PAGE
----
It may be impossible for Cass McCombs to release a bad album. As a singer with a seemingly natural inclination towards classic melodies and the careful taste to always remain reserved and tender on record, as well as in real life (McCombs reportedly will only grant interviews by traditional mail), McCombs doesn’t open himself up to easy criticism. The downside to this is that he also remains closed-off to overwhelming praise. That being said, his four previous albums have hovered in the space of guarded acclaim (his debut A, 2009′s Catacombs) or reserved disregard (middle albums PREfection and Dropping The Writ). Throughout, the singer has remained workmanlike, always seeming focused on what is next and quickly putting his past work behind him.
That brings us to WIT’S END, McCombs’ fifth album, the follow-up to the return-to-form album that was Catacombs. Here we find McCombs again retreating from greatness, preferring instead to gallop along at an even pace, without the wow factor of which we know he is capable. WIT’S END ultimately proves frustrating, but equally intriguing, which may be a subtle way of greatness revealing itself.
The closest we get to warmth on the record comes in the opening track and first single, “County Line.” As a singer-songwriter take on a soul song, there is much beauty to be appreciated. The transitional bass line that later becomes “whoa whoa whoa whoa whoa” provides a genuine hook, while McCombs lets his surprisingly strong falsetto reach with the line “I feel so blind, I can’t make out the passing roadsigns.” The extended take on loneliness is lyrically complex, wound in metaphor, and, well, quite lovely.
Loveliness is not something McCombs struggles with. Another meditation on loneliness, aptly named “The Lonely Doll,” strikes a chord through repetition, with McCombs sounding particularly engaging. “Buried Alive” (yeah, this is a cloudy-day affair) slows the album down further with delicate beauty, dragging the listener through McCombs’ pain with a tip-toe melody and gentle refrain of – you guessed it – “buried alive.” And album highlight, “A Knock Upon The Door,” uses barroom percussion and horns that sound like Europe in centuries past. For once, it is the backing band, and not McCombs as a songwriter, that carries the song, allowing the nine-minutes plus number to trudge along smoothly, never feeling like the labor that it should.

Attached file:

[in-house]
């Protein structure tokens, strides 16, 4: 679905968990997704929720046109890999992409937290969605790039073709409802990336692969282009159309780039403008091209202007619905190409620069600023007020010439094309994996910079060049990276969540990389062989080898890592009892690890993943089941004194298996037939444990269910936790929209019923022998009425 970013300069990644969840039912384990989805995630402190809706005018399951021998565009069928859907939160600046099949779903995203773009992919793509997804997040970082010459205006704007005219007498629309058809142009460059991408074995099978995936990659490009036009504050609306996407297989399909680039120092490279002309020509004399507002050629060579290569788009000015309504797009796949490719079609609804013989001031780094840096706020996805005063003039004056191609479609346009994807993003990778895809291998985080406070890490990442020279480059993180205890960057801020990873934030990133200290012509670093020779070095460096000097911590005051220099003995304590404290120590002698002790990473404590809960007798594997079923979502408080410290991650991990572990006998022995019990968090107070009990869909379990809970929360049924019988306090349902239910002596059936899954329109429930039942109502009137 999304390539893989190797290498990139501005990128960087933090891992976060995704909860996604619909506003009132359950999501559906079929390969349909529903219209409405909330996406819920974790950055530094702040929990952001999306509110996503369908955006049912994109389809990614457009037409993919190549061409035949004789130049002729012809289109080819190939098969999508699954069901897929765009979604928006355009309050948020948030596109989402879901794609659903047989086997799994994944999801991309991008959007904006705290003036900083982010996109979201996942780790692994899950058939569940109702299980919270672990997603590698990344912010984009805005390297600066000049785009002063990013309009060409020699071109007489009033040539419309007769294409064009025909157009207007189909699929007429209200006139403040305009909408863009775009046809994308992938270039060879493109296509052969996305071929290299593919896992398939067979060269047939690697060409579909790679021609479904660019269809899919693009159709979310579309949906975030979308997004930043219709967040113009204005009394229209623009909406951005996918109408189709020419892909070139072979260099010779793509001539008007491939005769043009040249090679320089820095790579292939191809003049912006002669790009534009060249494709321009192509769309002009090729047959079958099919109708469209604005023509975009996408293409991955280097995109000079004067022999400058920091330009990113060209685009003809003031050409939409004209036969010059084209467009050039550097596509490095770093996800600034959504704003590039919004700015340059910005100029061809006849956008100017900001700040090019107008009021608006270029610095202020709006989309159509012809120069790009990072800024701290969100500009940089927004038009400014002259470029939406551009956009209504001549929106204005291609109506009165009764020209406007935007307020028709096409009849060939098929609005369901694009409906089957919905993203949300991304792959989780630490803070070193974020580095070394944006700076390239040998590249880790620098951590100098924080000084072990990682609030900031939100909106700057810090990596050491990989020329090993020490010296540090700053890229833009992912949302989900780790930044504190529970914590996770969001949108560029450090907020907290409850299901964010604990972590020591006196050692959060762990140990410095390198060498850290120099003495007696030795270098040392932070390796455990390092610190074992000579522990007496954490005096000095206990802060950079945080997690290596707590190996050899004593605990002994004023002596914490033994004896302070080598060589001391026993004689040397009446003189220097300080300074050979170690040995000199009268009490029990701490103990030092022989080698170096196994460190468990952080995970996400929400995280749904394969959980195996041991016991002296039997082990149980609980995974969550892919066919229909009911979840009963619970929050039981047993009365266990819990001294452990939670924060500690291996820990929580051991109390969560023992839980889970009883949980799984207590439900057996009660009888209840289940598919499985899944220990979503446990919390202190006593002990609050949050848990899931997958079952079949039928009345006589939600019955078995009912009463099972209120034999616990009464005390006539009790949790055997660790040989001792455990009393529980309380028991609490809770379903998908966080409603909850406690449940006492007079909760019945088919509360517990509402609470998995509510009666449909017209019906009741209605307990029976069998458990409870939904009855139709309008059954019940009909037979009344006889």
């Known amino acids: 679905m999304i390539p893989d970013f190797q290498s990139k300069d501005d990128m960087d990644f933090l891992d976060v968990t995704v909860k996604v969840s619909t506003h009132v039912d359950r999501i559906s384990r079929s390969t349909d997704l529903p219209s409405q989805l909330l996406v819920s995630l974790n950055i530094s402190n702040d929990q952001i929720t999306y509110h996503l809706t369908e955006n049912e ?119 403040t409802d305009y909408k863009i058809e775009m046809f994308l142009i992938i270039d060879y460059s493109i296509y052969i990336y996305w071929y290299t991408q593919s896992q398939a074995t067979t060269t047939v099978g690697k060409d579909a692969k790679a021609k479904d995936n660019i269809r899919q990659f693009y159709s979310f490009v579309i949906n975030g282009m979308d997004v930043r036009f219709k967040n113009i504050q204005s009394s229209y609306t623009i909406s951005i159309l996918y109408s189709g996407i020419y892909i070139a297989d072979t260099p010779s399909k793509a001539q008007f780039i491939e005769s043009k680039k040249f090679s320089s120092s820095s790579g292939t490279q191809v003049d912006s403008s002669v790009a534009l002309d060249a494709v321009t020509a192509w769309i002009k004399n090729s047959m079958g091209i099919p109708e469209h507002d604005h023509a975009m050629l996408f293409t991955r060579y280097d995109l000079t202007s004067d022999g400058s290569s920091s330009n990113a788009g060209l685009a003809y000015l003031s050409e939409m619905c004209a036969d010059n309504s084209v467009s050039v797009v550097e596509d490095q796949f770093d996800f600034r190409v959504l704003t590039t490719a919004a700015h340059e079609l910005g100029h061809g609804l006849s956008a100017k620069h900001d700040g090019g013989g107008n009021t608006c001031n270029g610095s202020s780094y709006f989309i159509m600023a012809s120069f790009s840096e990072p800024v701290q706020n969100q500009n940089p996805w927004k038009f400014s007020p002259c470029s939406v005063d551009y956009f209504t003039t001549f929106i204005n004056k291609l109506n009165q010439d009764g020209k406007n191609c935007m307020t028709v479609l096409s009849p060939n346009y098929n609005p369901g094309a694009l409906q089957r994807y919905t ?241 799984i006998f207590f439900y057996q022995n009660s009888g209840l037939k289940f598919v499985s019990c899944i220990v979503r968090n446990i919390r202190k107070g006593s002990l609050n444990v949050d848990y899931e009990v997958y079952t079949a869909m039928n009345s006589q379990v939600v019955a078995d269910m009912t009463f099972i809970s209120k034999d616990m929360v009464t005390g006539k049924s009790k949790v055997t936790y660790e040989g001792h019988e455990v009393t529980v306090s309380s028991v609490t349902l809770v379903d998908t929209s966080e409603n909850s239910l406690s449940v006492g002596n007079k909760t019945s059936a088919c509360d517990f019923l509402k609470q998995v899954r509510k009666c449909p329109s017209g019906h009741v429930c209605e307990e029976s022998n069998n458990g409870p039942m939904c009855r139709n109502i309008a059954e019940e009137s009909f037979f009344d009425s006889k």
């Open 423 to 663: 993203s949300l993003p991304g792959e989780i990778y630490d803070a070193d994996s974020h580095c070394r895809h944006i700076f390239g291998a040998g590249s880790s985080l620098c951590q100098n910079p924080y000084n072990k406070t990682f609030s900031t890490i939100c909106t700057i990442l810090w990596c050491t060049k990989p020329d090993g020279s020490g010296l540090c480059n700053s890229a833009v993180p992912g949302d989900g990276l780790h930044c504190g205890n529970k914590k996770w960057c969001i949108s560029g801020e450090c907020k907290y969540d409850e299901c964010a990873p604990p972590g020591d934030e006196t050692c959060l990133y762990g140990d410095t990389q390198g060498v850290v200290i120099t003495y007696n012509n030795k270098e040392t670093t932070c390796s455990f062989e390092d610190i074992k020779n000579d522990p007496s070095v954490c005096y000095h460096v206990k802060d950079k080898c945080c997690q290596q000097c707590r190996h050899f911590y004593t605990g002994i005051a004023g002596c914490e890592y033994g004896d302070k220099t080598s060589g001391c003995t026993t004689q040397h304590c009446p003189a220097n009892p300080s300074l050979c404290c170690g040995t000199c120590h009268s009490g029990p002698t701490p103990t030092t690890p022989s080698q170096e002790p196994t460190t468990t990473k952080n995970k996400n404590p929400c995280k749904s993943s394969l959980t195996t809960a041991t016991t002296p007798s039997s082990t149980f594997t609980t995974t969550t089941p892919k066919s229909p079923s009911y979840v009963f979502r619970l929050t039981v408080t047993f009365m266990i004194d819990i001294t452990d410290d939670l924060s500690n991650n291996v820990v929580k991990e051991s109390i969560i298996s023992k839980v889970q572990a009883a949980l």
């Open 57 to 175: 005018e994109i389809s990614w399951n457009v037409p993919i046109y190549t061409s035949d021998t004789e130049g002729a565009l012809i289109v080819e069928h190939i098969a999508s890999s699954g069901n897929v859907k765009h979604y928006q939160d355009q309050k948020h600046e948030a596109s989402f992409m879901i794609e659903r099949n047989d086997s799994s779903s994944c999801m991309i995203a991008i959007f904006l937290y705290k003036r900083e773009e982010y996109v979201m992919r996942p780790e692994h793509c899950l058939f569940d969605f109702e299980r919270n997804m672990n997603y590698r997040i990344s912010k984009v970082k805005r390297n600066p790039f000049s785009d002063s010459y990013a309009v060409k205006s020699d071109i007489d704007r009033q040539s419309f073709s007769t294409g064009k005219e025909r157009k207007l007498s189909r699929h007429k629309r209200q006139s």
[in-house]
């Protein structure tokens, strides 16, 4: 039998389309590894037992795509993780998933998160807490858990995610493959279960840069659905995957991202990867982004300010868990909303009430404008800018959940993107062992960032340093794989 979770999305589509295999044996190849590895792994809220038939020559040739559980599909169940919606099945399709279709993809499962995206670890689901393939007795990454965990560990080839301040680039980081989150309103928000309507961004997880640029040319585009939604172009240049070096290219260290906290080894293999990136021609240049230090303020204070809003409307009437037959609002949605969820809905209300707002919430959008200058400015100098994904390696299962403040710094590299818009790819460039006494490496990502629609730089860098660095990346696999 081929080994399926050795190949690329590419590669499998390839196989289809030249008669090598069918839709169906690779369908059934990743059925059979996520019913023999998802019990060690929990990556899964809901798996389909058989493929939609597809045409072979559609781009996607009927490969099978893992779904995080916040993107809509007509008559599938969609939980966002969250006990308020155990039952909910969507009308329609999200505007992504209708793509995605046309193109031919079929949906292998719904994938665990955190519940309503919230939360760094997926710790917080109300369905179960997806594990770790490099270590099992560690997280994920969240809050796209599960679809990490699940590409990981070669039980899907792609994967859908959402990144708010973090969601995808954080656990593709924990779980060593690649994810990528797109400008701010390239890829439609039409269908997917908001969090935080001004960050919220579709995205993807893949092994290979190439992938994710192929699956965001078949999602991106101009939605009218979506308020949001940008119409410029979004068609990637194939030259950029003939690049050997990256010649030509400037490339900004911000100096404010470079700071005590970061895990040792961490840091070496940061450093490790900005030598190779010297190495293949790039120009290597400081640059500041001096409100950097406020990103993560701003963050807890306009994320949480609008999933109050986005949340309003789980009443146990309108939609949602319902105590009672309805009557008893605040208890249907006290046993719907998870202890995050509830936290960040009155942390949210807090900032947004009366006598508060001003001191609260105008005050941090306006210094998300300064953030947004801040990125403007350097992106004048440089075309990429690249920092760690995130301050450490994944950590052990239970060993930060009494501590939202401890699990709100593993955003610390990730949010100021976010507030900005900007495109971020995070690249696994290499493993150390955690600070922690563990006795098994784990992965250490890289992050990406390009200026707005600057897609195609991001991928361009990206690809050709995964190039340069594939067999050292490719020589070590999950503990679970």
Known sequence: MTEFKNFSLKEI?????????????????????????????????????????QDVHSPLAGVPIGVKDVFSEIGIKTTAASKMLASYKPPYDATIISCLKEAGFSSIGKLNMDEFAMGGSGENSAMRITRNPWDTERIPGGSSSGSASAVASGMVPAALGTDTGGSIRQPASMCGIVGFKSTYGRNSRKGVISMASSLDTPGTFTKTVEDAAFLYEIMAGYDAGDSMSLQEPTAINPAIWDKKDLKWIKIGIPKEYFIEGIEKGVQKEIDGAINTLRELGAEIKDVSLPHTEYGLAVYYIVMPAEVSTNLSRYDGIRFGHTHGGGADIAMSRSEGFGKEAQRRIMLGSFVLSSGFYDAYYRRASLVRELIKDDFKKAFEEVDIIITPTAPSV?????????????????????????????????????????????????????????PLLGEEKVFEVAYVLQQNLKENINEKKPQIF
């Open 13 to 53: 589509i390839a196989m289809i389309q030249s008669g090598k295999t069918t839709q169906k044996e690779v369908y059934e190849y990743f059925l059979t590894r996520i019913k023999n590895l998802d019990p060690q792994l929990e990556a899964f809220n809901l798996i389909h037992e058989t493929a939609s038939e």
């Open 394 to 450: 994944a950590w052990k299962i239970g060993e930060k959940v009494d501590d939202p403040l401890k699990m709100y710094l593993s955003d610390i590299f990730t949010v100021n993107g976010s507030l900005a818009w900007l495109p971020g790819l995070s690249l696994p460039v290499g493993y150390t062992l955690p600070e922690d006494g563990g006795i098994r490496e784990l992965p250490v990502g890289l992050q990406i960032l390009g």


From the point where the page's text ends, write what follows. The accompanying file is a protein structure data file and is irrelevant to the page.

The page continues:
And while these high points are all quite good, McCombs never matches his previous high-water marks (“You Saved My Life,” “I Went To The Hospital,” “City Of Brotherly Love,” “Windfall”) and the album is ultimately scarred by its filler. “Saturday Song” doesn’t find McCombs hitting the beach or watching sports. It finds him lonely and hurt, once again. “Memory’s Stain,” is too theatrical for its own good, and too long for our own good. “Pleasant Shadow Song” is completely mistitled. Sure, McCombs is allowed to wallow and deal, and there may be a great many people who find his music more than relatable, perhaps even therapeutic. But the project of WIT’S END is what ultimately throws anyone who is not necessarily ready for eight really sad songs. Humor and cleverness usually make pain easier to swallow and being able to laugh in the face of tragedy is a survival technique for a reason. McCombs would be better served rediscovering wit, rather than abandoning it, thus leaving the listener feeling abandoned as well. But, again, I guess that is the point.
No related content found.
We talk with Israeli rockers Vaadat Charigim about some of their favorite records.
We talk with Yvonne Ambree and Jesse Barnes of Take Berlin about some of the records which influenced the recording of their debut EP, Lionize.
We talk with Josh Berwanger about a few of his favorite records.
Latest posts from The Film Stage